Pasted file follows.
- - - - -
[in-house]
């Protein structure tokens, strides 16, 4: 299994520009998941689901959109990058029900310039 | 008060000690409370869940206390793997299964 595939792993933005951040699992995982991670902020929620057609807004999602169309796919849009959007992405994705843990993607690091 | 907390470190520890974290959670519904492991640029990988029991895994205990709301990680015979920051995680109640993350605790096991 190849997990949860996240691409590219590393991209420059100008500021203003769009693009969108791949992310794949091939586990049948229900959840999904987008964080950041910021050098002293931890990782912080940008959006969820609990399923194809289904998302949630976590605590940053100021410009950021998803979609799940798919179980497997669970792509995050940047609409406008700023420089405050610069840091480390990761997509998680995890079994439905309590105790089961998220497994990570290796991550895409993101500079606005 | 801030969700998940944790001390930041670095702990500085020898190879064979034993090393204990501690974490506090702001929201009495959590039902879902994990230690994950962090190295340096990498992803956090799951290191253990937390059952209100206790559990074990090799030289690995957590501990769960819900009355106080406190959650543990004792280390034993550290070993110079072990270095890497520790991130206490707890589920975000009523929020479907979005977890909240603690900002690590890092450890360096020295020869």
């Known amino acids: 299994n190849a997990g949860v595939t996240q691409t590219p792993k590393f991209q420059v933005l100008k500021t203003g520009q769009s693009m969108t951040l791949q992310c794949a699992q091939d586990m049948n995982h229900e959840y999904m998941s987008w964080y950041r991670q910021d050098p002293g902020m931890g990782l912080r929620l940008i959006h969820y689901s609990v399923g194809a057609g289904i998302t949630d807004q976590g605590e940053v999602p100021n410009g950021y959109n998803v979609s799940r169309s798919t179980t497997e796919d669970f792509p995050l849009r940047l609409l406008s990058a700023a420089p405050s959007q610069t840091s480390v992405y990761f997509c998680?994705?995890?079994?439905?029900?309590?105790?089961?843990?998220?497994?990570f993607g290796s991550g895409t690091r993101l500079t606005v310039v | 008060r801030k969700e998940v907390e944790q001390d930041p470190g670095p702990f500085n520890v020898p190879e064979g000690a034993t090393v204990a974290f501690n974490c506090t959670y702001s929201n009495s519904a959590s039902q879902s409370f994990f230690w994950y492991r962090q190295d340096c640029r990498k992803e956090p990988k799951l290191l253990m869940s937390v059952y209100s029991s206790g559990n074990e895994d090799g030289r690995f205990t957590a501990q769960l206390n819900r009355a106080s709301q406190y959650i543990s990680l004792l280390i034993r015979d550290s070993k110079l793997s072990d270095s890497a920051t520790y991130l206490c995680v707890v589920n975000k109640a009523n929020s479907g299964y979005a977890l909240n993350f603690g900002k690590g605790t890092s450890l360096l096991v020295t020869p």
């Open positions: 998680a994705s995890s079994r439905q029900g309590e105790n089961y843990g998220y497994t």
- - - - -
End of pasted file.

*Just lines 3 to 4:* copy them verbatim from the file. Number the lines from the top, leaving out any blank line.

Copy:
């Known amino acids: 299994n190849a997990g949860v595939t996240q691409t590219p792993k590393f991209q420059v933005l100008k500021t203003g520009q769009s693009m969108t951040l791949q992310c794949a699992q091939d586990m049948n995982h229900e959840y999904m998941s987008w964080y950041r991670q910021d050098p002293g902020m931890g990782l912080r929620l940008i959006h969820y689901s609990v399923g194809a057609g289904i998302t949630d807004q976590g605590e940053v999602p100021n410009g950021y959109n998803v979609s799940r169309s798919t179980t497997e796919d669970f792509p995050l849009r940047l609409l406008s990058a700023a420089p405050s959007q610069t840091s480390v992405y990761f997509c998680?994705?995890?079994?439905?029900?309590?105790?089961?843990?998220?497994?990570f993607g290796s991550g895409t690091r993101l500079t606005v310039v | 008060r801030k969700e998940v907390e944790q001390d930041p470190g670095p702990f500085n520890v020898p190879e064979g000690a034993t090393v204990a974290f501690n974490c506090t959670y702001s929201n009495s519904a959590s039902q879902s409370f994990f230690w994950y492991r962090q190295d340096c640029r990498k992803e956090p990988k799951l290191l253990m869940s937390v059952y209100s029991s206790g559990n074990e895994d090799g030289r690995f205990t957590a501990q769960l206390n819900r009355a106080s709301q406190y959650i543990s990680l004792l280390i034993r015979d550290s070993k110079l793997s072990d270095s890497a920051t520790y991130l206490c995680v707890v589920n975000k109640a009523n929020s479907g299964y979005a977890l909240n993350f603690g900002k690590g605790t890092s450890l360096l096991v020295t020869p």
């Open positions: 998680a994705s995890s079994r439905q029900g309590e105790n089961y843990g998220y497994t």